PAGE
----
I love quirky characters. Dickens was a master of them. Characters must change and grow from the beginning to the end of a story. It's a no-brainer: memorable characters are non-negotiable in a great story.
But there's one character who's often overlooked. Setting. The setting for a story is just as important as the actors roaming around in it. Setting creates the feel and is often a trigger for the characters to act a certain way or experience a particular emotion.
In my latest book, The Captive Heart, the rugged Carolina backcountry plays a prominent role in the hero and the heroine's lives. Here are some elements for you to think about when crafting your setting . . .
5 Key Elements in Creating a Setting as a Character
Weather effects all of our lives and so it should effect your characters. Writing a big fight scene? Duke it out in the heavens as well with a big storm. Something creepy about to happen to the heroine? Make it night. Allow a dark atmosphere to enhance the creep factor.
Think about and describe the physical area of your setting then put your characters into it. If your hero has a big challenge going on in his life, ramp it up with a physical challenge of climbing up a bajillion stairs or a cliff.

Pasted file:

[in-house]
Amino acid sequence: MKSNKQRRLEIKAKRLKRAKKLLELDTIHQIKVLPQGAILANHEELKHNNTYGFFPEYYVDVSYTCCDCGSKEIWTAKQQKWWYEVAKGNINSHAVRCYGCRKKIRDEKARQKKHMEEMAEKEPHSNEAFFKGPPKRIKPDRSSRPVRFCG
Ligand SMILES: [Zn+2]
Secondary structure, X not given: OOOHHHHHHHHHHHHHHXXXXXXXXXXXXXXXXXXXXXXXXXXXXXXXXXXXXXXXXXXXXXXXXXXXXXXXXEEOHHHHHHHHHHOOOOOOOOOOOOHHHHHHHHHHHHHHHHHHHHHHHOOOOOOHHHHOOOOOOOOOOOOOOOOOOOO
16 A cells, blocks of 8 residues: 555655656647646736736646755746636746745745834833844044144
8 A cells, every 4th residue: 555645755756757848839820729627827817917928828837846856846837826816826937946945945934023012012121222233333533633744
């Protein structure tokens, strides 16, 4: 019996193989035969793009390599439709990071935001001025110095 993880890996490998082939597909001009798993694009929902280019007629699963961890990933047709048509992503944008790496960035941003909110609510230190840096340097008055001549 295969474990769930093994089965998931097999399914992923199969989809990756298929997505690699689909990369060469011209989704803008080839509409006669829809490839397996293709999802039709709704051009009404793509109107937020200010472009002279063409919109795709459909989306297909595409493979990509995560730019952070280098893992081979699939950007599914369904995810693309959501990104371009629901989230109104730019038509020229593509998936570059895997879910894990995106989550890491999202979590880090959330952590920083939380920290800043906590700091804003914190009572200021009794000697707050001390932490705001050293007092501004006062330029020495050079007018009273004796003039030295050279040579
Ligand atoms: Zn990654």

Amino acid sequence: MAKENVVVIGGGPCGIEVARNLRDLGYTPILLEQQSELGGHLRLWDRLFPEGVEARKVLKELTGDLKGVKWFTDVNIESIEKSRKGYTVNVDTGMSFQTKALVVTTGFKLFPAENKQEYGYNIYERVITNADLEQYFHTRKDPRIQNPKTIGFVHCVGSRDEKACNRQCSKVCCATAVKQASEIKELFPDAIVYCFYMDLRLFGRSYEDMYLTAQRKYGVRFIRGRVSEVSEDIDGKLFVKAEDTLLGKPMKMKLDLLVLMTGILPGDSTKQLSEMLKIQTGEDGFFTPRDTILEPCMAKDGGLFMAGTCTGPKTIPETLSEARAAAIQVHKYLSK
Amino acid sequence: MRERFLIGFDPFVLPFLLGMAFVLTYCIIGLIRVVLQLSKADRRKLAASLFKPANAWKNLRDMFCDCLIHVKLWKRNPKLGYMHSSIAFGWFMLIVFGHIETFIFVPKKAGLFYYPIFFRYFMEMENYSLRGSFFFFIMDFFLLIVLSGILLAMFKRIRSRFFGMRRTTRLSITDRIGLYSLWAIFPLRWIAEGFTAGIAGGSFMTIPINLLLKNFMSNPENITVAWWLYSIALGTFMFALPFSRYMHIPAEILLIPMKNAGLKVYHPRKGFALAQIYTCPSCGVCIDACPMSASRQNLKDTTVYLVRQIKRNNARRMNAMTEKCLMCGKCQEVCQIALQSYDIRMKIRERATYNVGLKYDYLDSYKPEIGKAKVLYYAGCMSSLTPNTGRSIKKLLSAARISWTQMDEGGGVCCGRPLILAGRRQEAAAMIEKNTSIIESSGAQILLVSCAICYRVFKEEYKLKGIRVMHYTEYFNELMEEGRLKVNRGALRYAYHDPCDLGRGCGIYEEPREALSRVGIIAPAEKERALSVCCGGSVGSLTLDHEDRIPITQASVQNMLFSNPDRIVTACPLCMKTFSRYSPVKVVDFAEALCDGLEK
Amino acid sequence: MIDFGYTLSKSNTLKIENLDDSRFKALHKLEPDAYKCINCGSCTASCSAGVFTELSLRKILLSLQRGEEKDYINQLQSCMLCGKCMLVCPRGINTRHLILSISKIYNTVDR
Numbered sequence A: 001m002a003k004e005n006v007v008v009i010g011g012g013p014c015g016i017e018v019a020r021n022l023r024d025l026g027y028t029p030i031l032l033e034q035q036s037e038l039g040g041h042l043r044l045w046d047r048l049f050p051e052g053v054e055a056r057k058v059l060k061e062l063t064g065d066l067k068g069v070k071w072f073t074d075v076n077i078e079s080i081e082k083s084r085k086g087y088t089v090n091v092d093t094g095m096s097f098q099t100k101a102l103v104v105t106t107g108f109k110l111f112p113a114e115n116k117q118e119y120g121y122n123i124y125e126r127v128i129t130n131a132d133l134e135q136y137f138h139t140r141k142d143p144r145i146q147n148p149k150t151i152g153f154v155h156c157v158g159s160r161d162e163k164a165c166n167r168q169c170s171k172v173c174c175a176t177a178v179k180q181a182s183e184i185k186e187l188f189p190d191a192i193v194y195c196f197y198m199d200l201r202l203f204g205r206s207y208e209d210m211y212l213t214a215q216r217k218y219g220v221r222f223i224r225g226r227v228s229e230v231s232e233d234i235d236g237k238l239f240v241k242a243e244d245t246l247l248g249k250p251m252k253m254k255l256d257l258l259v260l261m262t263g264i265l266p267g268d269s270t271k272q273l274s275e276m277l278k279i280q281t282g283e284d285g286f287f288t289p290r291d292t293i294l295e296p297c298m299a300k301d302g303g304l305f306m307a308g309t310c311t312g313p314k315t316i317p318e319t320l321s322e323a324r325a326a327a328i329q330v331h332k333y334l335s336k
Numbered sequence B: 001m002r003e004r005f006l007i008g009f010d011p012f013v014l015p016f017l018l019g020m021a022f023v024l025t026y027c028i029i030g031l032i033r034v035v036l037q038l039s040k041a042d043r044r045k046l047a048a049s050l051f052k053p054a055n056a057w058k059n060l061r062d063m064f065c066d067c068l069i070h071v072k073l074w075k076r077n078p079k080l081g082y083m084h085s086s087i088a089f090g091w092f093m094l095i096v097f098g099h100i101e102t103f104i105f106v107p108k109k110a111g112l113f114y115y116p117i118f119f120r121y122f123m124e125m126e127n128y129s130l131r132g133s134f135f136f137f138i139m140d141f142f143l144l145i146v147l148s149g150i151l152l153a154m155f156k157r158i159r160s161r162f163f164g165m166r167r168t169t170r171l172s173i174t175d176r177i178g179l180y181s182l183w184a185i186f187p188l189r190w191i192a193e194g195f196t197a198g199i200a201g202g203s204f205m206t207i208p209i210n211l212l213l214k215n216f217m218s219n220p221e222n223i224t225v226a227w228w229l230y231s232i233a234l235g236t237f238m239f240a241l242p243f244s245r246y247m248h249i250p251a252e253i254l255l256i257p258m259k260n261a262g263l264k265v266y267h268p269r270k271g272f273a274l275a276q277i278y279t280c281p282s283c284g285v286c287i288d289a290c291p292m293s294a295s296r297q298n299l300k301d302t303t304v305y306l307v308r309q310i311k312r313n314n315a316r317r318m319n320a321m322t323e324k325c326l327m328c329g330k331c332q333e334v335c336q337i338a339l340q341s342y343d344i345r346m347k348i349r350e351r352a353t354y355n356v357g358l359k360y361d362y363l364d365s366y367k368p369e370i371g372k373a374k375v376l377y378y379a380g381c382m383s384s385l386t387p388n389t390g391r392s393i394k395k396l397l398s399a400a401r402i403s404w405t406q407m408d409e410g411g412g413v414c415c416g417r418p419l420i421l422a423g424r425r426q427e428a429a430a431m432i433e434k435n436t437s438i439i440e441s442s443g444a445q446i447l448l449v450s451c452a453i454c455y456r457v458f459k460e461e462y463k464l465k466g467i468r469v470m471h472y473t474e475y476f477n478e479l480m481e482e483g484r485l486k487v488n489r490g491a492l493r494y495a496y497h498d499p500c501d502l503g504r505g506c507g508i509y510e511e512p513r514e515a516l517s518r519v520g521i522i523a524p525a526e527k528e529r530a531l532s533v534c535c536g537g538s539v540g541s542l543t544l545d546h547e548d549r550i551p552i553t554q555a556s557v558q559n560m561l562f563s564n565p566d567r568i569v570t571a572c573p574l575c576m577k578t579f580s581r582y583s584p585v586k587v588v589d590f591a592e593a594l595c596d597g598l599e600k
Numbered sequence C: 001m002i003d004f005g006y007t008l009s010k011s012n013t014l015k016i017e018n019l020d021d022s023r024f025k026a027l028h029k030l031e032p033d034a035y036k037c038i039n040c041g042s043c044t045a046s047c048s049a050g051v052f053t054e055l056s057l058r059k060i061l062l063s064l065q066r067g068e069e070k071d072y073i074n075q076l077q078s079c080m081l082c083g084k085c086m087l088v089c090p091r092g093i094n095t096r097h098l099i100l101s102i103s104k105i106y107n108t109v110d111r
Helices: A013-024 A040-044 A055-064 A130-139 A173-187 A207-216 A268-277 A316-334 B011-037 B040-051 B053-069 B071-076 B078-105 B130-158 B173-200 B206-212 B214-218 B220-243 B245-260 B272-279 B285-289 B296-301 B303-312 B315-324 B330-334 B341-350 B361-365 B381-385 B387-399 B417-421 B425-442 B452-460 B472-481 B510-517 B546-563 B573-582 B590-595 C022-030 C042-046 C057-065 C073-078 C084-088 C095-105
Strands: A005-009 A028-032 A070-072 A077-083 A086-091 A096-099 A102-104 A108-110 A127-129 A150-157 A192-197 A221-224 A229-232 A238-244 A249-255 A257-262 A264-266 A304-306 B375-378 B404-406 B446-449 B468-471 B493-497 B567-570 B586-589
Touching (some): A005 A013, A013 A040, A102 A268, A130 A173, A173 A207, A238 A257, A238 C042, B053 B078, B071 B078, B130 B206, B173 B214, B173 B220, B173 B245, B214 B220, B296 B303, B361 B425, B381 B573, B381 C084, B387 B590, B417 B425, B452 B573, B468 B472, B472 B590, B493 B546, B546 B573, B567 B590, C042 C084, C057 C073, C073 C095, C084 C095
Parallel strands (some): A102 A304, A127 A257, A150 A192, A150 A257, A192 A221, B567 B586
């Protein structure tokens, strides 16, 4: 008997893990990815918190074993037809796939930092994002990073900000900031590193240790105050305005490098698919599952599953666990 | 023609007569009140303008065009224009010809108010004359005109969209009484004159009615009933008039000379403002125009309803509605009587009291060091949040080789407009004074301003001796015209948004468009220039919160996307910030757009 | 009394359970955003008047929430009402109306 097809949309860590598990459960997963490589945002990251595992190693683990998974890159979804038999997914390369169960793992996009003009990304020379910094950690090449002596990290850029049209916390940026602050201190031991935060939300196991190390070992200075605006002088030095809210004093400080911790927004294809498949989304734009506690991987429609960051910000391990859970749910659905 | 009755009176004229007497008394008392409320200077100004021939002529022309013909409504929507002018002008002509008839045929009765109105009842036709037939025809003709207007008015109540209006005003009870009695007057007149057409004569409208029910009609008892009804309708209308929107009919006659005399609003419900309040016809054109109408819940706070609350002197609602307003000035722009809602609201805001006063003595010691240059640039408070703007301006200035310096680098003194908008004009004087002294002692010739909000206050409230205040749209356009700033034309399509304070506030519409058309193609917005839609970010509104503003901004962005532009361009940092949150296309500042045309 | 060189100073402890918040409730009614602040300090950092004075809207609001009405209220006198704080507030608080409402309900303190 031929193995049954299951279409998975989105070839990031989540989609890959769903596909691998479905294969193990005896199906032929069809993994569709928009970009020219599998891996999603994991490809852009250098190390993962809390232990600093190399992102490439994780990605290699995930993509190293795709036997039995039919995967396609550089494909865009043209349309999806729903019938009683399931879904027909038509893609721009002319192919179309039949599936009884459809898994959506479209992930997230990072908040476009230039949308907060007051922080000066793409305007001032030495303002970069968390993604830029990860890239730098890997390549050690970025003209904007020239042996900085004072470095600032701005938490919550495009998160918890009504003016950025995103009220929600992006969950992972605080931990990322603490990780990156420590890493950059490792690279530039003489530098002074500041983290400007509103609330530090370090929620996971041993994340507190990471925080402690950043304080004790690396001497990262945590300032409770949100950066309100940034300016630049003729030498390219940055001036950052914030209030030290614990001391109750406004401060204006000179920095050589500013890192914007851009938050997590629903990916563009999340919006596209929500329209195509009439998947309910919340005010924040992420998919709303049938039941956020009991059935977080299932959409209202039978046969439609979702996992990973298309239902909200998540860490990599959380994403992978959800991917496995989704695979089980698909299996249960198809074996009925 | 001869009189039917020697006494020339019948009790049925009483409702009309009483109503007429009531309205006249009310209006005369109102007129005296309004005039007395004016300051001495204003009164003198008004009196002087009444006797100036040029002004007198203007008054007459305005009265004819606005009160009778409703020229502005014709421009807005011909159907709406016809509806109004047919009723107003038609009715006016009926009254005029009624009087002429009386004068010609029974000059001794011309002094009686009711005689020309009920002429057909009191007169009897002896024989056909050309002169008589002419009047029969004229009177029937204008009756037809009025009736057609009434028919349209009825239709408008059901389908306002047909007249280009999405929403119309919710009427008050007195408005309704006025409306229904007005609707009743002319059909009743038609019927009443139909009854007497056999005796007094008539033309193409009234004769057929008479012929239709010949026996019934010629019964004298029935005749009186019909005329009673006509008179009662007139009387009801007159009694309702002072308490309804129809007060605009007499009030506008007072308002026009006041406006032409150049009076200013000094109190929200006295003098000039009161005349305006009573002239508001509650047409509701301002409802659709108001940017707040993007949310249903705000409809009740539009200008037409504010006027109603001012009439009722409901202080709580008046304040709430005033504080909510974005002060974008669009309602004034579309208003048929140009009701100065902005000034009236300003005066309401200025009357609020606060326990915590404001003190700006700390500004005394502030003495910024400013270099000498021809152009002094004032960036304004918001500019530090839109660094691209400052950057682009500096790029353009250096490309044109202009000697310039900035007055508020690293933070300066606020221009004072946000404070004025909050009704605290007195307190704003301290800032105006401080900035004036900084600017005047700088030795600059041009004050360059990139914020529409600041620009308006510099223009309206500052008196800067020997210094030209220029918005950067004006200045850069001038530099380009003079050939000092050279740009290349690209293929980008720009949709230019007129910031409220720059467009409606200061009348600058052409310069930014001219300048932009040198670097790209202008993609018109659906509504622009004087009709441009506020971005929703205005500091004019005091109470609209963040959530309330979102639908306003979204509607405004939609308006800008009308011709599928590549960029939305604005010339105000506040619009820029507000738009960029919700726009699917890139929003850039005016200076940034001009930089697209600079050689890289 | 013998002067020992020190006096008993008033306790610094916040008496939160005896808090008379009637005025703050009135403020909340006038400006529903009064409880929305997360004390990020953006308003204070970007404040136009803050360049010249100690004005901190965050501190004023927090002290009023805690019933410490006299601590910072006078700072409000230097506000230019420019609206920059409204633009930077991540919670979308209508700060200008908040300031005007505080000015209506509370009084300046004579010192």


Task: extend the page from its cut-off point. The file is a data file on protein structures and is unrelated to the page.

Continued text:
3. Environment The environment isn't just about geography. Think a little more nebulous, like the social, political, or cultural environment. In The Captive Heart, I incorporated the tension between the British and the colonists to add stress to the hero.
A character can feel desperately lonely in the middle of a huge crowd or out in the wilderness. Use the people or lack thereof to heighten the emotion of your characters.
Choosing a particular time of year for your story is part of the setting as well. Think seasons or holidays, but then think beyond that to dates that would be important to your characters, such as the death of one of their loved ones. Capture that emotion.
Where--and all that entails--you choose to set your story is every bit as important as the characters themselves, because the character and plot can play off of it.
I hear voices. Loud. Incessant. And very real. Which basically gives me
two options: choke back massive amounts of Prozac or write fiction. I chose the
latter. Way cheaper. I've been writing since I discovered blank wall space and
Crayolas. I seek to glorify God in all that I write...except for that graffiti
phase I went through as a teenager. Oops. Did I say that out loud?